• Dune: a favorite, read
  • Starship Troopers: read
  • Ender’s Game: read
  • Childhood Ends: NOT READ

Eight—almost half of the books—I discovered that I’ve not read. This is a travesty that cannot be allowed to stand. I mean, for one, If I’m going to hang the picture on my wall (even if just my office wall), I should be able to point to it and know I’ve read them all, but also I’m a sci-fi/fantasy junkie and THEY’RE SCI-FI CLASSICS. How did I let this happen? Obviously, I’m going to fix it. It’s July. I have five months until the end of the year, and by that point I will have read these eight books that I have somehow grievously neglected in my life.

I don’t think I’ll bother coming back and linking reviews here. But I am setting it as an official reading challenge for myself. I do so love to have a plan. Wish me happy reading.


*
Yes, I'm totally vain enough that I spread out those two in the back so they could be seen, and there is another on the wall above. They'd been stacked together to be re-hung. I have a new one at the framer's (and a small one waiting to be framed by me) and I'm going to make a collage wall of them. I'll add a picture when it's done. But, though you can probably guess Kawasaki is my husband and my favorite artist, she's not the point of this post. But once I'd posted one, I just ran with it. 

Goodbye 2018, Hello 2019

I usually do this as two posts, but I’ll be honest, the last few months this blog hasn’t gotten a lot of attention. It’s just been a matter of life getting in the way, but the result is things like a compressed New Years Eve – New Years post. Be that as it may, let’s get on with discussing how it went in 2018 and what to expect in 2019.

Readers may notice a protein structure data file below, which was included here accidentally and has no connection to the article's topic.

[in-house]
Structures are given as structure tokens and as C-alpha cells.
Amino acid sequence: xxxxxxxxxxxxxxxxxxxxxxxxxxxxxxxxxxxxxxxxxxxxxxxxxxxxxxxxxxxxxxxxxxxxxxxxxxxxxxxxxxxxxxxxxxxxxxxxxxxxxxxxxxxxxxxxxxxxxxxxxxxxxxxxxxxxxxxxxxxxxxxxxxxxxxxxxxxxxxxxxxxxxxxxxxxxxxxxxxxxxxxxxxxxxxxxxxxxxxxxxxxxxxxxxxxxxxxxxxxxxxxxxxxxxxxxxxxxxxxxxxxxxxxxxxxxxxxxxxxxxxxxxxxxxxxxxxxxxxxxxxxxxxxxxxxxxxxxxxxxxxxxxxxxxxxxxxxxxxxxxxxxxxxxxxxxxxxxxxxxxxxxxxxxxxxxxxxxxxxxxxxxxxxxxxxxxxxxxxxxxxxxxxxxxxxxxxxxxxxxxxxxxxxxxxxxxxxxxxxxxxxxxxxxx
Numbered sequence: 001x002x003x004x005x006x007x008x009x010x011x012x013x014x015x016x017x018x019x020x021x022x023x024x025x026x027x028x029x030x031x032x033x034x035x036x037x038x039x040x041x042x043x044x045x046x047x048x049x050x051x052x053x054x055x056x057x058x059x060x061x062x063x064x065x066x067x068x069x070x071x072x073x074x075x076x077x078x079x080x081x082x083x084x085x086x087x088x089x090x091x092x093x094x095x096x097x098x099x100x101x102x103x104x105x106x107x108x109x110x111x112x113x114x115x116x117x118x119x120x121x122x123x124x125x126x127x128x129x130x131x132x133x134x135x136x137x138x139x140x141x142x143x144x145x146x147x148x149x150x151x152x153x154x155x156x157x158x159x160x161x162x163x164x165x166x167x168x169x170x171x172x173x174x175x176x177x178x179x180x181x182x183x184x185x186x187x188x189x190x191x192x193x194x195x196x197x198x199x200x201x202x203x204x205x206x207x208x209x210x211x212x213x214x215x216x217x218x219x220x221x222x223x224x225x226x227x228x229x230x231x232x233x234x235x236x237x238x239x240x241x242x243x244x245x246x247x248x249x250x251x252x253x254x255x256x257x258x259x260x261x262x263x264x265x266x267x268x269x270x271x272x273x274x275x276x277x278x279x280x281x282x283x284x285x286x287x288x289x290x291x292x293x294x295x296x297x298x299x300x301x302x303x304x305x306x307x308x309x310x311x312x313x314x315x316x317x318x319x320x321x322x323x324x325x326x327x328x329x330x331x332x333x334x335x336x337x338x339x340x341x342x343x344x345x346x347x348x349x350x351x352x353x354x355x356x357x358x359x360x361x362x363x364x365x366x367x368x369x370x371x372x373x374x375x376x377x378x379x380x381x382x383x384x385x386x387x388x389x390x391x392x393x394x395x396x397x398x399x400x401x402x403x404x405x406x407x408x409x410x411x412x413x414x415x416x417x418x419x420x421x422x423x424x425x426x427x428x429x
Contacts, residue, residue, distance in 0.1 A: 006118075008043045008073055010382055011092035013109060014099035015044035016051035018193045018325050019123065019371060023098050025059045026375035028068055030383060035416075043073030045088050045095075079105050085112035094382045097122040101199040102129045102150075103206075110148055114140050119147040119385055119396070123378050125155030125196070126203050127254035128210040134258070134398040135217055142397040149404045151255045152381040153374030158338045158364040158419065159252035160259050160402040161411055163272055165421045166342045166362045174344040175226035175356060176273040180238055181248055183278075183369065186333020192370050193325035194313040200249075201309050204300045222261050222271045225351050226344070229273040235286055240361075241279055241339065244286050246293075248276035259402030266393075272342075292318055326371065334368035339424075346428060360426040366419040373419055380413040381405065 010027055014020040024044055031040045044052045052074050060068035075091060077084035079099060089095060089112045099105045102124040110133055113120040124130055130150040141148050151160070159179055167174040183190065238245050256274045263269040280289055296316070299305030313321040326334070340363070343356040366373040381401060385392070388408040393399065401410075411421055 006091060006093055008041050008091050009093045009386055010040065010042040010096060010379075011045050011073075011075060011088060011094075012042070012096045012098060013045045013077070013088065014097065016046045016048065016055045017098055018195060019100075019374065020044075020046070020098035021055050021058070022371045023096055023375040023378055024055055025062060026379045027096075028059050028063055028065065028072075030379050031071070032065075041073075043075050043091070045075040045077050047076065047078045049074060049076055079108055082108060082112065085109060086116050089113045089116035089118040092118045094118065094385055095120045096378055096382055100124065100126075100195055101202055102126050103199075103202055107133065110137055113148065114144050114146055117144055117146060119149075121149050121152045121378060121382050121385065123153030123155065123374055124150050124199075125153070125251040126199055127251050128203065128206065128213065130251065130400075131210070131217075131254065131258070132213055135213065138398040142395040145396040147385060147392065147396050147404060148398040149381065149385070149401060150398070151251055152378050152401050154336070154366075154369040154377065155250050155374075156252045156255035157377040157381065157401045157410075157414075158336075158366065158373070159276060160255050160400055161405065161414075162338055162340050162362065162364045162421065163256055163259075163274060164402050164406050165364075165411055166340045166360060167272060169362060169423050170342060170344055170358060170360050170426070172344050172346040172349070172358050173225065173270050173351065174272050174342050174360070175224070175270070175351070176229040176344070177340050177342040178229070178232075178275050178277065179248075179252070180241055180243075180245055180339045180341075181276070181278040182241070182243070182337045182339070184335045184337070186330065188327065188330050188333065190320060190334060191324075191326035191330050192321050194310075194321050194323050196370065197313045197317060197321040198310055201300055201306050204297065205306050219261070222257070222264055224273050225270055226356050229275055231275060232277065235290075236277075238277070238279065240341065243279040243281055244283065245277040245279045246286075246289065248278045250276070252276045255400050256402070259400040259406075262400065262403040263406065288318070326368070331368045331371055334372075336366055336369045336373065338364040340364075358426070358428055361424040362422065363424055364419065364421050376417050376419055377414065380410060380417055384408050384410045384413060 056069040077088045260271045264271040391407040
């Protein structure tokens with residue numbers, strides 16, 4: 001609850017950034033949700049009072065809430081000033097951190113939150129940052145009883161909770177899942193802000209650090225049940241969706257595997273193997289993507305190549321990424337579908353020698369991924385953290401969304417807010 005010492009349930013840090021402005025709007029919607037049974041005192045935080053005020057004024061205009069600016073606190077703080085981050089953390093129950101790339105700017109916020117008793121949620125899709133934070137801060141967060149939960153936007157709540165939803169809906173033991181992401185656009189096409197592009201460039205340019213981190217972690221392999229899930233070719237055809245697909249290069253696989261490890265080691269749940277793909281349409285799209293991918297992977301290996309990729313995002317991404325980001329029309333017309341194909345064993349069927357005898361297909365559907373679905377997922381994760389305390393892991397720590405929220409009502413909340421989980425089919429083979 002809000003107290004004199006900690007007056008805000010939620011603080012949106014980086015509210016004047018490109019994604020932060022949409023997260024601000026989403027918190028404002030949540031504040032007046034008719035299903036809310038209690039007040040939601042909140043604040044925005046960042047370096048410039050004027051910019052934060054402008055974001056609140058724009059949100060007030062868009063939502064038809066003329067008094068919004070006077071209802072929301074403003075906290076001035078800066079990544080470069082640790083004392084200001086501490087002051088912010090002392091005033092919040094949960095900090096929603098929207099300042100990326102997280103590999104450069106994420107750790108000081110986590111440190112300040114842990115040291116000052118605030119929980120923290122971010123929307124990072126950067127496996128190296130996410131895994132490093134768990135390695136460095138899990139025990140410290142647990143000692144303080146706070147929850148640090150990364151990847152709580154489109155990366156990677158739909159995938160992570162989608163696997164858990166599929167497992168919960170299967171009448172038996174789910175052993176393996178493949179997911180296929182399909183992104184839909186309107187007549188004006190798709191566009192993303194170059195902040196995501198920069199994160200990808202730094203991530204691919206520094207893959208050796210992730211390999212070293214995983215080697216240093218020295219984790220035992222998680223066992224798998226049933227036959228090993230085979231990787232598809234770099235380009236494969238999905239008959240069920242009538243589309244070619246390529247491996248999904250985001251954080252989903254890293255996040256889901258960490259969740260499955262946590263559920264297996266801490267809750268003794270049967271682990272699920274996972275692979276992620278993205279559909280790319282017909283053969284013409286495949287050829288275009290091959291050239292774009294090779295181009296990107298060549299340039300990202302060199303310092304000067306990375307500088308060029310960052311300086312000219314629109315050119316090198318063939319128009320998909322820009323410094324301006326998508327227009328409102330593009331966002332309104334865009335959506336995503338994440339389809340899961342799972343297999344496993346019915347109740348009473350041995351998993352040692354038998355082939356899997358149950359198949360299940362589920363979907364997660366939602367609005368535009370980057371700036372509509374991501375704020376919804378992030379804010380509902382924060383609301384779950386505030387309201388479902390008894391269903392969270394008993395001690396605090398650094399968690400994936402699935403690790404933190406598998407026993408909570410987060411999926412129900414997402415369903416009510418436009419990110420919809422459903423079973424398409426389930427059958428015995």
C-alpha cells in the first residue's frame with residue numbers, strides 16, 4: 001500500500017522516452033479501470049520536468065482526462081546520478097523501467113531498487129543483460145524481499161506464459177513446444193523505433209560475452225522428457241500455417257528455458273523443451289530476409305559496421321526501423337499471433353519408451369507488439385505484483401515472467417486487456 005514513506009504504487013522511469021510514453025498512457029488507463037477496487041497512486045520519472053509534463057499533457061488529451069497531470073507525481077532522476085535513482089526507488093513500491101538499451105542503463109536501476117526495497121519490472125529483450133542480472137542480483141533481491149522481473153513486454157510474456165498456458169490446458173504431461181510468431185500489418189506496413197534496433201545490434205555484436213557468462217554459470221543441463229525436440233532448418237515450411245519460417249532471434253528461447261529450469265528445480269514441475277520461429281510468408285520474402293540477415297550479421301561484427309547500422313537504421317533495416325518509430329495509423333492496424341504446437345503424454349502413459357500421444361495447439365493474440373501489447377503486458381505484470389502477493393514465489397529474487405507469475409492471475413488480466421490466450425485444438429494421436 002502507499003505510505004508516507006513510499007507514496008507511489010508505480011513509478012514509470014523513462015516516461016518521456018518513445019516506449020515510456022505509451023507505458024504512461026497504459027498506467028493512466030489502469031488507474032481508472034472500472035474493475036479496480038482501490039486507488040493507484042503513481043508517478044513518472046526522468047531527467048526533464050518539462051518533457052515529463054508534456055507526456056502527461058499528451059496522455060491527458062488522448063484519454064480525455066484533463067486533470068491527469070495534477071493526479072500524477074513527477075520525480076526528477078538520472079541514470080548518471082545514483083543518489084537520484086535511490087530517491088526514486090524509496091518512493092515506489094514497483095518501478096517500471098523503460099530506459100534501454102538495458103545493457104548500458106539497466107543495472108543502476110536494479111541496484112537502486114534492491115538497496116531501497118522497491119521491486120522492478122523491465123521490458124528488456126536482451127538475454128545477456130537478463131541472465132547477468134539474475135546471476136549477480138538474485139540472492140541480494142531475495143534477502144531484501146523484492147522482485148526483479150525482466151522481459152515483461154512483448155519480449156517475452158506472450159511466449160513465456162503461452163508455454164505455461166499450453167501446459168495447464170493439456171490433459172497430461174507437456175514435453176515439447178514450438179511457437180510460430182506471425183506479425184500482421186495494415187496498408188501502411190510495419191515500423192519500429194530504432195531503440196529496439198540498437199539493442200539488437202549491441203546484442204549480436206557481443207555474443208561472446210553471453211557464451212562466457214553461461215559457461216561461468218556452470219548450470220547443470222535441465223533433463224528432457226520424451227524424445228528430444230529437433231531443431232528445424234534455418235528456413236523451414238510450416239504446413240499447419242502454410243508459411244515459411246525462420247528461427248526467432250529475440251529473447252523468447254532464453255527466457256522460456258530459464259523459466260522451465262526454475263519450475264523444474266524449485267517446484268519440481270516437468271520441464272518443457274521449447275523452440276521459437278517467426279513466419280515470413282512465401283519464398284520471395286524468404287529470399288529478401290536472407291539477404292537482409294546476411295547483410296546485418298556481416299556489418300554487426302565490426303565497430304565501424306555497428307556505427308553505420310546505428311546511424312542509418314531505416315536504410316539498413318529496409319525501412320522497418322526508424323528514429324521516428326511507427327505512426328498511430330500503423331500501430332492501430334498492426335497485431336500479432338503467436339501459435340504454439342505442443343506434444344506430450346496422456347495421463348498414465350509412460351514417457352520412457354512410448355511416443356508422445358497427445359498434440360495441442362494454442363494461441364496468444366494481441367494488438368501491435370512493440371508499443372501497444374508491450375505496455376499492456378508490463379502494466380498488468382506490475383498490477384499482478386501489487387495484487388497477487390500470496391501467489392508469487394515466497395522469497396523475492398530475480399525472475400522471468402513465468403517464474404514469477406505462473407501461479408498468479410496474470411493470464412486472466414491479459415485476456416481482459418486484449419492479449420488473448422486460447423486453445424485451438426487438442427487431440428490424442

I feel like there were two 2018s in my life; the first half, in which I read a ton and everything was normal, and the second half, where my family taught me to game and introduced me to the Xbox, so a chunk of my reading time became gaming time. Overall however, I read or listened to 207 books in 2018. I initially set that goal for 250, but reduced it to 200 when it became obvious I wasn’t reading as much as normal. So, I call this half-met. I reached my re-calibrated goal, but not the initial one. Plus, quite a few were short this year.

2018 Challenges

After the traditional December scramble to find a book by authors with names that start with Q, U and X, I successfully completed my Alphabet Challenge. I even got a good laugh out of the fact that when I reviewed the X author (Meg Xuemei X), I discovered that exactly one year earlier I’d read and reviewed a book by her. Last years last-minute X book.

I have several ongoing challenges on this blog, ones that I set and either let falter or just keep adding to, so they never end. The two I’m still actively working at are to read all the books I own (or borrow or buy) with characters of color on the cover and to read all the small physical books I own.

I’ve actually gone back and forwards on this first challenge. The original idea was to try and counteract the publishing dictum that books with characters of color on the cover don’t sell as well as other book. I can’t afford to buy tons of books, but I can read and review them. The hope being that each review might contribute to the decision to publish another such book. Sometimes I think the challenge is a good thing and other times I think I’m just being presumptuous, arrogant and performative, playing the ‘white hero,’ etc. This is especially true considering how long it’s taking me. I’ve come close to deleting it several times.